By Marcia Sarnowski
Dr. Seemi Aziz, an assistant professor of reading and literacy education in the Oklahoma State University College of Education, addressed a group of education students, faculty and staff, librarians, and community members at the University of Wisconsin-La Crosse’s Murphy Library, on Monday, April 16.
Dr. Aziz, a native of Pakistan who has lived in the US for 18 years, came to La Crosse to discuss issues within children’s literature that represent Muslims. She began by inviting the audience to do a word association exercise with the terms “Middle East,” “Muslims,” “Islam,” and “MidEast Culture, History, Religion, and Society”. A great variety of impressions were shared about each term on the list. Then we all completed an “identity intersection”, filling in a grid with information such as age, gender, faith, family heritage, family unit, and ability/disability status, and conversed with the people around us to reveal that we were ourselves a very diverse group. The lesson is that people from the Middle East and the people who practice Islam, in many cultures, are very diverse. Within the macro culture, there are many micro cultures.
Dr. Aziz began her discussion of children’s books by reminding the audience that in the world of international children’s literature, as with most publishing categories, books are written with their sales factor in mind. Titles that describe exotic settings, and situations that demonstrate the differences (rather than the similarities) between foreign cultures and western cultures, are often the ones selected by the publishers with high-powered agencies and sales forces; and authors tend to write what will sell.
Stereotypes and inaccurate representations are common, such as depictions of cultures which are frozen in time, rather than portrayed as current and up to date. Characters are shown as struggling for survival, rather than living ordinary lives; there is often a Western perspective on Eastern gender roles. Dr. Aziz remarked that Eastern women are not always fighting the men in their families, or fighting society; many lead happy and satisfied lives.
She suggested that while the melting pot analogy is often used to represent that people from many cultures have come together to form one group, a more realistic and accepting image might be a “stir fry”, in which people form a community but still maintain their shape and character. She urged the listeners to go beyond the “Five F’s” of culture (food, festivals, fashions, folklore, and famous people) when introducing children to multicultural studies – but, she said, “It’s not a bad place to begin.” Yet we need to go further in finding and sharing culturally representative books, to ask, “Whose voice is heard here? And whose voice is missing?”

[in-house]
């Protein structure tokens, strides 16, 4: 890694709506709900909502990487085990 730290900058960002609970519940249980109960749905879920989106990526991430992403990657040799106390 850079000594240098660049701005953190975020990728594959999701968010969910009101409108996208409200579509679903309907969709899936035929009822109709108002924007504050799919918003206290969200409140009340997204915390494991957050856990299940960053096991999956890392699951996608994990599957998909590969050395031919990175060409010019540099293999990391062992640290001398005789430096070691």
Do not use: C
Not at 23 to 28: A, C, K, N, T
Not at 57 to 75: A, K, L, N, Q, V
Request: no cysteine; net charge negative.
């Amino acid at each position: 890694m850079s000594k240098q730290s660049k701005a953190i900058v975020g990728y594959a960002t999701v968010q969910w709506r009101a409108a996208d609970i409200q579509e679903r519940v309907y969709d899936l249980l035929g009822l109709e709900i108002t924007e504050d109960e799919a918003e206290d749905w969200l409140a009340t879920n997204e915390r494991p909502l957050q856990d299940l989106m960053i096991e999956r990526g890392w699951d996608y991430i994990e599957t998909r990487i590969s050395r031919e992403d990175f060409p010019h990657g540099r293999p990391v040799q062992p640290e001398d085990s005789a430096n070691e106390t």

Dr. Aziz recommended a website called Worlds of Words (http://wowlit.org/) for access to news and reviews of books written by global authors. She also shared two bibliographies with the group: the first includes pictures of the book covers and a page of web resources: Aziz annotated bibl of books respresenting Muslims 1-1; the second is a more extensive list of titles identified with specific countries, which displays the diversity among Muslim cultures: Aziz annotated bibl books Muslims, Middle Eastern countries, Islamic cultures 2-1. Both lists will be useful for expanding classroom and library collections.
This event was another in the excellent series of presentations highlighting children’s multicultural literature, which have been sponsored by Murphy Library, Campus Climate and Diversity, and the UW-La Crosse School of Education.